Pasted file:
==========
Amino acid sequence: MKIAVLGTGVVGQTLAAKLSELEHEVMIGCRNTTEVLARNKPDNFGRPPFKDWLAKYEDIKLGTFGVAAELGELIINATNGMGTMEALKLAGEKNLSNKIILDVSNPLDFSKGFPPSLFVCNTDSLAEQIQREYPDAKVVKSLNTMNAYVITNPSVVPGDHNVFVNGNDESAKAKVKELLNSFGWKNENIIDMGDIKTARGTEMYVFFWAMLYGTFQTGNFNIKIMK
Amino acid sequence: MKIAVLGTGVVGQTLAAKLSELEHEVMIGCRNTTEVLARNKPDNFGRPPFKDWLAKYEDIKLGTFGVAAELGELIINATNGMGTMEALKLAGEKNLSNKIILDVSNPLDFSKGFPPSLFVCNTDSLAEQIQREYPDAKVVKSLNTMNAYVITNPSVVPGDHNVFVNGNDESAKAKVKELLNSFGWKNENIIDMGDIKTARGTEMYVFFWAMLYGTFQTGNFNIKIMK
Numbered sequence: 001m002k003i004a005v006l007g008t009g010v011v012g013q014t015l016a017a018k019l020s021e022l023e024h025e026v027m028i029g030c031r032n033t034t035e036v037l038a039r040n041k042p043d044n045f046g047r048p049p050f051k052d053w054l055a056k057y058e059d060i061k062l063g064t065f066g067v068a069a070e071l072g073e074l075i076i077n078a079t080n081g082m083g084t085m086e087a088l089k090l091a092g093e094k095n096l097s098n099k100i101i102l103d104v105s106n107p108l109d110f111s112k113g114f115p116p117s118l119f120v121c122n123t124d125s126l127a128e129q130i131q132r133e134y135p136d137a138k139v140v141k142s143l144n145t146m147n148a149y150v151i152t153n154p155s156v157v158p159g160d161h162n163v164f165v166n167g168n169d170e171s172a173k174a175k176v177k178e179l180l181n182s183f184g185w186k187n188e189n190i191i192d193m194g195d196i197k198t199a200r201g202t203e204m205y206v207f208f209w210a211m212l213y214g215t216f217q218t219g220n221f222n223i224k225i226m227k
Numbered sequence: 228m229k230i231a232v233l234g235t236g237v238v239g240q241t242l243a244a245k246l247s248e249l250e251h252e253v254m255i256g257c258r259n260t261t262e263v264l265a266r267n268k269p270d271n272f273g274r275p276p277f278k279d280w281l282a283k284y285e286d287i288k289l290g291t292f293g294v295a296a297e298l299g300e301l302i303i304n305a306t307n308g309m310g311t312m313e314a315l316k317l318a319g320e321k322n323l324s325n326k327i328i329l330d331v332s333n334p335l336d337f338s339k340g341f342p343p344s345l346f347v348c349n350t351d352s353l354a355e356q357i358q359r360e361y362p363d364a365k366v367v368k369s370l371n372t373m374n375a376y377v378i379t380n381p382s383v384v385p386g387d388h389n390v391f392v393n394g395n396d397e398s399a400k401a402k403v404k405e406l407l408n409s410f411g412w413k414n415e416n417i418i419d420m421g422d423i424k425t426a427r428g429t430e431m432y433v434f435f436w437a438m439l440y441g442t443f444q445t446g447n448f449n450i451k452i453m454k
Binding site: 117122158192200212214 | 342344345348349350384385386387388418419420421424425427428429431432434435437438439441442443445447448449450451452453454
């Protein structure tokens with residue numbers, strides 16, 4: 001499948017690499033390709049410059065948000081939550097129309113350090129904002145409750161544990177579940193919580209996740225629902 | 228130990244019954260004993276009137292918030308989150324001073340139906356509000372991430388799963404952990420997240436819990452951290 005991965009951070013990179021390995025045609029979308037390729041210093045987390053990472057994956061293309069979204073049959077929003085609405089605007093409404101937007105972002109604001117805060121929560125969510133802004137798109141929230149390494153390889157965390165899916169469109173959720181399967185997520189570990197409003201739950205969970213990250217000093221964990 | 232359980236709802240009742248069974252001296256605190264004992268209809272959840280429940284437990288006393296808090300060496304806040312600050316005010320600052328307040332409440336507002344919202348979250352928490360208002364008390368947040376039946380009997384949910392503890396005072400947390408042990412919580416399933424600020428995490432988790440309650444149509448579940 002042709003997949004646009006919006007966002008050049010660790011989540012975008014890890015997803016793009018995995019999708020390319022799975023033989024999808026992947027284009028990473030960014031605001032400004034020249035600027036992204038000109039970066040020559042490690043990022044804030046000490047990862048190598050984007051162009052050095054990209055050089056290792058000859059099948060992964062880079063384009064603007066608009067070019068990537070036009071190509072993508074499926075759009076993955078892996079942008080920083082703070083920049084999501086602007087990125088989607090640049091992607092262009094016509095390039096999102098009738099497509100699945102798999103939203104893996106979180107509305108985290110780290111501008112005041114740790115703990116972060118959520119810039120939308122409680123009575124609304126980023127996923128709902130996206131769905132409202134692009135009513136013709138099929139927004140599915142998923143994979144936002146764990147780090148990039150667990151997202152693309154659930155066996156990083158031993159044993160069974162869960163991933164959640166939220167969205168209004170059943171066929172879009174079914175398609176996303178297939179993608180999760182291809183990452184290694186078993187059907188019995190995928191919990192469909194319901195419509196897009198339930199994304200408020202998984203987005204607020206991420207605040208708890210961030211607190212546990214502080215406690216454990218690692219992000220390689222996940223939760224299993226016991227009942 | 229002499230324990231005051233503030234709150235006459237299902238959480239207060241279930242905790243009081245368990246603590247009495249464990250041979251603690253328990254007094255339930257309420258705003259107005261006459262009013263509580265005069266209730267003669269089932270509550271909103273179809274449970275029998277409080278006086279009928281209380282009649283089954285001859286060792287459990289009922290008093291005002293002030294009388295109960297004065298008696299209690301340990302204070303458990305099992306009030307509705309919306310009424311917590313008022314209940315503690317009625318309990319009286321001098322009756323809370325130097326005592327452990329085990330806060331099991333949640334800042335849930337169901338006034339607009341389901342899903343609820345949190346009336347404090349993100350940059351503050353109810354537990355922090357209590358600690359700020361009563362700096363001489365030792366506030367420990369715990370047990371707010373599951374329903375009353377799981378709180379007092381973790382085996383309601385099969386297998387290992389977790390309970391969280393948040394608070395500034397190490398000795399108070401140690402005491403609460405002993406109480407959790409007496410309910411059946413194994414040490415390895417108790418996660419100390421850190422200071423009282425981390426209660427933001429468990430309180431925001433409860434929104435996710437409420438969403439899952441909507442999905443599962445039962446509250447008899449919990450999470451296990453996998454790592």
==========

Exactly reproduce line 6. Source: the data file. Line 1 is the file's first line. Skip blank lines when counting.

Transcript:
């Protein structure tokens with residue numbers, strides 16, 4: 001499948017690499033390709049410059065948000081939550097129309113350090129904002145409750161544990177579940193919580209996740225629902 | 228130990244019954260004993276009137292918030308989150324001073340139906356509000372991430388799963404952990420997240436819990452951290 005991965009951070013990179021390995025045609029979308037390729041210093045987390053990472057994956061293309069979204073049959077929003085609405089605007093409404101937007105972002109604001117805060121929560125969510133802004137798109141929230149390494153390889157965390165899916169469109173959720181399967185997520189570990197409003201739950205969970213990250217000093221964990 | 232359980236709802240009742248069974252001296256605190264004992268209809272959840280429940284437990288006393296808090300060496304806040312600050316005010320600052328307040332409440336507002344919202348979250352928490360208002364008390368947040376039946380009997384949910392503890396005072400947390408042990412919580416399933424600020428995490432988790440309650444149509448579940 002042709003997949004646009006919006007966002008050049010660790011989540012975008014890890015997803016793009018995995019999708020390319022799975023033989024999808026992947027284009028990473030960014031605001032400004034020249035600027036992204038000109039970066040020559042490690043990022044804030046000490047990862048190598050984007051162009052050095054990209055050089056290792058000859059099948060992964062880079063384009064603007066608009067070019068990537070036009071190509072993508074499926075759009076993955078892996079942008080920083082703070083920049084999501086602007087990125088989607090640049091992607092262009094016509095390039096999102098009738099497509100699945102798999103939203104893996106979180107509305108985290110780290111501008112005041114740790115703990116972060118959520119810039120939308122409680123009575124609304126980023127996923128709902130996206131769905132409202134692009135009513136013709138099929139927004140599915142998923143994979144936002146764990147780090148990039150667990151997202152693309154659930155066996156990083158031993159044993160069974162869960163991933164959640166939220167969205168209004170059943171066929172879009174079914175398609176996303178297939179993608180999760182291809183990452184290694186078993187059907188019995190995928191919990192469909194319901195419509196897009198339930199994304200408020202998984203987005204607020206991420207605040208708890210961030211607190212546990214502080215406690216454990218690692219992000220390689222996940223939760224299993226016991227009942 | 229002499230324990231005051233503030234709150235006459237299902238959480239207060241279930242905790243009081245368990246603590247009495249464990250041979251603690253328990254007094255339930257309420258705003259107005261006459262009013263509580265005069266209730267003669269089932270509550271909103273179809274449970275029998277409080278006086279009928281209380282009649283089954285001859286060792287459990289009922290008093291005002293002030294009388295109960297004065298008696299209690301340990302204070303458990305099992306009030307509705309919306310009424311917590313008022314209940315503690317009625318309990319009286321001098322009756323809370325130097326005592327452990329085990330806060331099991333949640334800042335849930337169901338006034339607009341389901342899903343609820345949190346009336347404090349993100350940059351503050353109810354537990355922090357209590358600690359700020361009563362700096363001489365030792366506030367420990369715990370047990371707010373599951374329903375009353377799981378709180379007092381973790382085996383309601385099969386297998387290992389977790390309970391969280393948040394608070395500034397190490398000795399108070401140690402005491403609460405002993406109480407959790409007496410309910411059946413194994414040490415390895417108790418996660419100390421850190422200071423009282425981390426209660427933001429468990430309180431925001433409860434929104435996710437409420438969403439899952441909507442999905443599962445039962446509250447008899449919990450999470451296990453996998454790592």